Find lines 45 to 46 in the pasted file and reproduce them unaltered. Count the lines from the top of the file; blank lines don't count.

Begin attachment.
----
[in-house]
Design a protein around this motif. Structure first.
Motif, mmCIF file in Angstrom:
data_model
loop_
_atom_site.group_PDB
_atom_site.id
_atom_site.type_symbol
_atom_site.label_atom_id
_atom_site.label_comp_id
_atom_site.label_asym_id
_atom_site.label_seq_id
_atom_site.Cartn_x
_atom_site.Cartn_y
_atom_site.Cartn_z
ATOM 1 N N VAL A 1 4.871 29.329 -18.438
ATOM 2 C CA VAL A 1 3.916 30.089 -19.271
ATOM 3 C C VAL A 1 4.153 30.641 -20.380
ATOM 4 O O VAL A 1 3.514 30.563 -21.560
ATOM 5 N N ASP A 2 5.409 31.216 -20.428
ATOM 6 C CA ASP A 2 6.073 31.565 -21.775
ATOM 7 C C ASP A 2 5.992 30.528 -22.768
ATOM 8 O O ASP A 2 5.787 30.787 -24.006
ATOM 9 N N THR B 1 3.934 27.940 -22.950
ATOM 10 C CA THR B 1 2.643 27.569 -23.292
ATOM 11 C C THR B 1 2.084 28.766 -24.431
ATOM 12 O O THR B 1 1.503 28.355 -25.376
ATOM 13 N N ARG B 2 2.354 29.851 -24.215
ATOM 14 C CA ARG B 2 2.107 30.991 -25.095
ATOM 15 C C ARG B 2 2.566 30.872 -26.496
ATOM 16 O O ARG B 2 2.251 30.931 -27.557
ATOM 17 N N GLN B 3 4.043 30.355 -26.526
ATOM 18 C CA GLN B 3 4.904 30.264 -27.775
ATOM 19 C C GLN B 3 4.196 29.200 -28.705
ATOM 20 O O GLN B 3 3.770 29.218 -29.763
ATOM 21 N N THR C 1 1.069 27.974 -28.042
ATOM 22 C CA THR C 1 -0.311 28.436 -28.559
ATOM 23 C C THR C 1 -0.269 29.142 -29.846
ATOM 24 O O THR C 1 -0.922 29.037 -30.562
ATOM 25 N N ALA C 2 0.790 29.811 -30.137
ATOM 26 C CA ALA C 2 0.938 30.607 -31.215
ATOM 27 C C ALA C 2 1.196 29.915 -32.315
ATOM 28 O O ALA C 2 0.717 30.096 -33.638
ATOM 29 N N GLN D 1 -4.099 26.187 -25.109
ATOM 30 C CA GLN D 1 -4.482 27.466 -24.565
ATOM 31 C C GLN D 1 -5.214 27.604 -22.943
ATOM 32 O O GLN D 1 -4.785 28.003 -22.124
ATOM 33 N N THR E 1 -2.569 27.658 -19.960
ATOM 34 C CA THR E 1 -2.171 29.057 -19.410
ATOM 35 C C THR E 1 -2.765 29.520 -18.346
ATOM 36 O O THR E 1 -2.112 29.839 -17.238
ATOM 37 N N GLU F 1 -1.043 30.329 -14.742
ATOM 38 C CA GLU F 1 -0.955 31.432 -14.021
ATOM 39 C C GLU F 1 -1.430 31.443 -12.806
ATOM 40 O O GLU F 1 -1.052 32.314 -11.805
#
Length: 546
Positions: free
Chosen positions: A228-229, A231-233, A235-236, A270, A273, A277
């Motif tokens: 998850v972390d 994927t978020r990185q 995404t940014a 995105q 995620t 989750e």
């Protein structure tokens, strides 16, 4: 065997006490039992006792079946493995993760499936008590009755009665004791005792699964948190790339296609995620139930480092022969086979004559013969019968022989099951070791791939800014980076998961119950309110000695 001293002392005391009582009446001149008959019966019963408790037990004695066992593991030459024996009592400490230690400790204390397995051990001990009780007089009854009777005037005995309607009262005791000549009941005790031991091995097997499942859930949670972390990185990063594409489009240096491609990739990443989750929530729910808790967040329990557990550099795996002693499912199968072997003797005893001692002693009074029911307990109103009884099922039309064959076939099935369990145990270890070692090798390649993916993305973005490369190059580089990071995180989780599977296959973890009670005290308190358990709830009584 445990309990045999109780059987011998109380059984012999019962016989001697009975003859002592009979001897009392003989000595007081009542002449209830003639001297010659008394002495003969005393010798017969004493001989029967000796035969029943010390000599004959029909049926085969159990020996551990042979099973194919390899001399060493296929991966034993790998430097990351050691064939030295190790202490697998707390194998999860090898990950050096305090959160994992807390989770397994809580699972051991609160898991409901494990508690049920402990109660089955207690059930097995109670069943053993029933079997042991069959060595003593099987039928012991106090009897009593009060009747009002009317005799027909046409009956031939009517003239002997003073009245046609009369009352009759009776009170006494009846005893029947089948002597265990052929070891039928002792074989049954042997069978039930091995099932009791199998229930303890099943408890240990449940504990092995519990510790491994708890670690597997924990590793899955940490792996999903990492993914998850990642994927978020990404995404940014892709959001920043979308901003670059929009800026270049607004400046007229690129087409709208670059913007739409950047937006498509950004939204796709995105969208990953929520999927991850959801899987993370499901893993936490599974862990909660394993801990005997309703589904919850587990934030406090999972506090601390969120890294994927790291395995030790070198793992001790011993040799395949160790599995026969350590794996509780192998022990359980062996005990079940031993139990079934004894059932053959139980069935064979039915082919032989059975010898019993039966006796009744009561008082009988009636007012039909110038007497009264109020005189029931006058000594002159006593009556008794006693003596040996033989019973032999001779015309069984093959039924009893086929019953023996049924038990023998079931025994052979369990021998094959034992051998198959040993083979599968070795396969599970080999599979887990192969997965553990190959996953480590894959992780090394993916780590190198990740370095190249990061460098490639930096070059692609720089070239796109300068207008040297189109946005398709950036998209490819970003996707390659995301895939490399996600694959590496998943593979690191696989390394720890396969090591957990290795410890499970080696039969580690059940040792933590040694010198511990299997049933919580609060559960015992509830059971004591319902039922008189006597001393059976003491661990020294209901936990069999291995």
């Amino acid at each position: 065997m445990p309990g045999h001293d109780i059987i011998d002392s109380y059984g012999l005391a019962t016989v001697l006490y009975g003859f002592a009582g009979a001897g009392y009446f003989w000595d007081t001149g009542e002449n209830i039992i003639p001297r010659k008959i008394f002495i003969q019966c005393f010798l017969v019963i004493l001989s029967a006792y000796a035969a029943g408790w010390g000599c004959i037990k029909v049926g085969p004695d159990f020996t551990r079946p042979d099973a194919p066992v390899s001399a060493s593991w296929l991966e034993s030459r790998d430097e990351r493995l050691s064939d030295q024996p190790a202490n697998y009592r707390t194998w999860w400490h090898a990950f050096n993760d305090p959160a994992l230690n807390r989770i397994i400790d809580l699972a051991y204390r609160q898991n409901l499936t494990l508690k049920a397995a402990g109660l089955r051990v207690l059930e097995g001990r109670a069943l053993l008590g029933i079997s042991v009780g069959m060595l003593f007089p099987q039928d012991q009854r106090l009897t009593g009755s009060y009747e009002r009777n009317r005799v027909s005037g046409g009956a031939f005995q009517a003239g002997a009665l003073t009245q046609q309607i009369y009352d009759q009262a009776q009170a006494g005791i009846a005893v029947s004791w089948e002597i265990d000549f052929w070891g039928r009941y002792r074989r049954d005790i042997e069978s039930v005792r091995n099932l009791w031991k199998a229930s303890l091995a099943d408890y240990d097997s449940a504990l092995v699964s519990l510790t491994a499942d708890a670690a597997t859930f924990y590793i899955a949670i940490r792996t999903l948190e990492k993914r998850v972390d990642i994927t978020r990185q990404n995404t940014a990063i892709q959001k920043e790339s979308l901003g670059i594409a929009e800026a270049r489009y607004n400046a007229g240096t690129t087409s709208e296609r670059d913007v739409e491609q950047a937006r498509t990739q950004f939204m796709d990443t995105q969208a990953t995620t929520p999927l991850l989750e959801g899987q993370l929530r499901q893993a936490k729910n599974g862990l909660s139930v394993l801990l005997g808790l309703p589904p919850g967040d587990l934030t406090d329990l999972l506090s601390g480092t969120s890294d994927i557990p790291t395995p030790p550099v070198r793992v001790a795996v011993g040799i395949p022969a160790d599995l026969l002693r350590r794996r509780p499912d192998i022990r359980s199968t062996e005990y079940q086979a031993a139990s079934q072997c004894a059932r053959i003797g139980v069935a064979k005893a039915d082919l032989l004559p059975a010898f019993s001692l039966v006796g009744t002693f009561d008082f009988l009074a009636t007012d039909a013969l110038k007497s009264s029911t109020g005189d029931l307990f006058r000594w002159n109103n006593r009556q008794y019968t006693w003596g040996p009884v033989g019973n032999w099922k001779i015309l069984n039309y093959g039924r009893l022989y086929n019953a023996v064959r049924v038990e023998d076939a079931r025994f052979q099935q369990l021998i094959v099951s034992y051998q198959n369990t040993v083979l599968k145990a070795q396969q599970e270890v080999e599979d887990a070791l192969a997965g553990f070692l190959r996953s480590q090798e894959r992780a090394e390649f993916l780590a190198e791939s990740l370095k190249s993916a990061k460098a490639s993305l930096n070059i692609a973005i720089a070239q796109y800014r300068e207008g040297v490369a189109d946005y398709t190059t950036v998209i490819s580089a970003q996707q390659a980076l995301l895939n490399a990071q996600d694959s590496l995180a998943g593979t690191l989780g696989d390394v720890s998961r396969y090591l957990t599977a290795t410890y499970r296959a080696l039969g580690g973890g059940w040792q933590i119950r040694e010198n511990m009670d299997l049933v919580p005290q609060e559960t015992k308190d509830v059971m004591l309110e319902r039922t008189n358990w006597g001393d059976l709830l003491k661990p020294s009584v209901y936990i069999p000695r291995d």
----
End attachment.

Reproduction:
ATOM 30 C CA GLN D 1 -4.482 27.466 -24.565
ATOM 31 C C GLN D 1 -5.214 27.604 -22.943